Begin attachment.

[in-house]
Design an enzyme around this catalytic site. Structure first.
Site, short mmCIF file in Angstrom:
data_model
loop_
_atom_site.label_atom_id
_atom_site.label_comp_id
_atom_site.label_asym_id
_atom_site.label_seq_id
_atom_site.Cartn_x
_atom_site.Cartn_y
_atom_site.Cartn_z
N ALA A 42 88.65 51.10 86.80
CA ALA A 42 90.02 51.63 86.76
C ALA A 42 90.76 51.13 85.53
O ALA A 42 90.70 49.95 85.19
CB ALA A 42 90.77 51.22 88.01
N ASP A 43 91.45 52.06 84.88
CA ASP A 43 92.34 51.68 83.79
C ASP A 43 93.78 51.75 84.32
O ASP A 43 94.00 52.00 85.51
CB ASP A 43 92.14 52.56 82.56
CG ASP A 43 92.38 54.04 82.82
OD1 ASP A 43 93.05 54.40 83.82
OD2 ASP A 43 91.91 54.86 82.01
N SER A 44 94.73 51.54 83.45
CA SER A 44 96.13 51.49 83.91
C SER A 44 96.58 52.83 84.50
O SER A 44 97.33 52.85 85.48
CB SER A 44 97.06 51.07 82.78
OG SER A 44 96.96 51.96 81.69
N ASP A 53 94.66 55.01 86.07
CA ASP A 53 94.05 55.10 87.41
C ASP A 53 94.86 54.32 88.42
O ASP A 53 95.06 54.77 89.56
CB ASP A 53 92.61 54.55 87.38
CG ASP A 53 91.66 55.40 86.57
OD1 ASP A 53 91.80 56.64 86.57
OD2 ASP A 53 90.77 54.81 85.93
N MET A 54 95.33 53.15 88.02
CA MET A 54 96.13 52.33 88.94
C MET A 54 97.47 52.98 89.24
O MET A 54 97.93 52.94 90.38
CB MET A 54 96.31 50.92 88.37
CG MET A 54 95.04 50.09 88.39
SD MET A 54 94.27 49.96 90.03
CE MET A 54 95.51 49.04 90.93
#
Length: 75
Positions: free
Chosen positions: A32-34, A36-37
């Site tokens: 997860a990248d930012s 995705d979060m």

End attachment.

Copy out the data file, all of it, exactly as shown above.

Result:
[in-house]
Design an enzyme around this catalytic site. Structure first.
Site, short mmCIF file in Angstrom:
data_model
loop_
_atom_site.label_atom_id
_atom_site.label_comp_id
_atom_site.label_asym_id
_atom_site.label_seq_id
_atom_site.Cartn_x
_atom_site.Cartn_y
_atom_site.Cartn_z
N ALA A 42 88.65 51.10 86.80
CA ALA A 42 90.02 51.63 86.76
C ALA A 42 90.76 51.13 85.53
O ALA A 42 90.70 49.95 85.19
CB ALA A 42 90.77 51.22 88.01
N ASP A 43 91.45 52.06 84.88
CA ASP A 43 92.34 51.68 83.79
C ASP A 43 93.78 51.75 84.32
O ASP A 43 94.00 52.00 85.51
CB ASP A 43 92.14 52.56 82.56
CG ASP A 43 92.38 54.04 82.82
OD1 ASP A 43 93.05 54.40 83.82
OD2 ASP A 43 91.91 54.86 82.01
N SER A 44 94.73 51.54 83.45
CA SER A 44 96.13 51.49 83.91
C SER A 44 96.58 52.83 84.50
O SER A 44 97.33 52.85 85.48
CB SER A 44 97.06 51.07 82.78
OG SER A 44 96.96 51.96 81.69
N ASP A 53 94.66 55.01 86.07
CA ASP A 53 94.05 55.10 87.41
C ASP A 53 94.86 54.32 88.42
O ASP A 53 95.06 54.77 89.56
CB ASP A 53 92.61 54.55 87.38
CG ASP A 53 91.66 55.40 86.57
OD1 ASP A 53 91.80 56.64 86.57
OD2 ASP A 53 90.77 54.81 85.93
N MET A 54 95.33 53.15 88.02
CA MET A 54 96.13 52.33 88.94
C MET A 54 97.47 52.98 89.24
O MET A 54 97.93 52.94 90.38
CB MET A 54 96.31 50.92 88.37
CG MET A 54 95.04 50.09 88.39
SD MET A 54 94.27 49.96 90.03
CE MET A 54 95.51 49.04 90.93
#
Length: 75
Positions: free
Chosen positions: A32-34, A36-37
């Site tokens: 997860a990248d930012s 995705d979060m």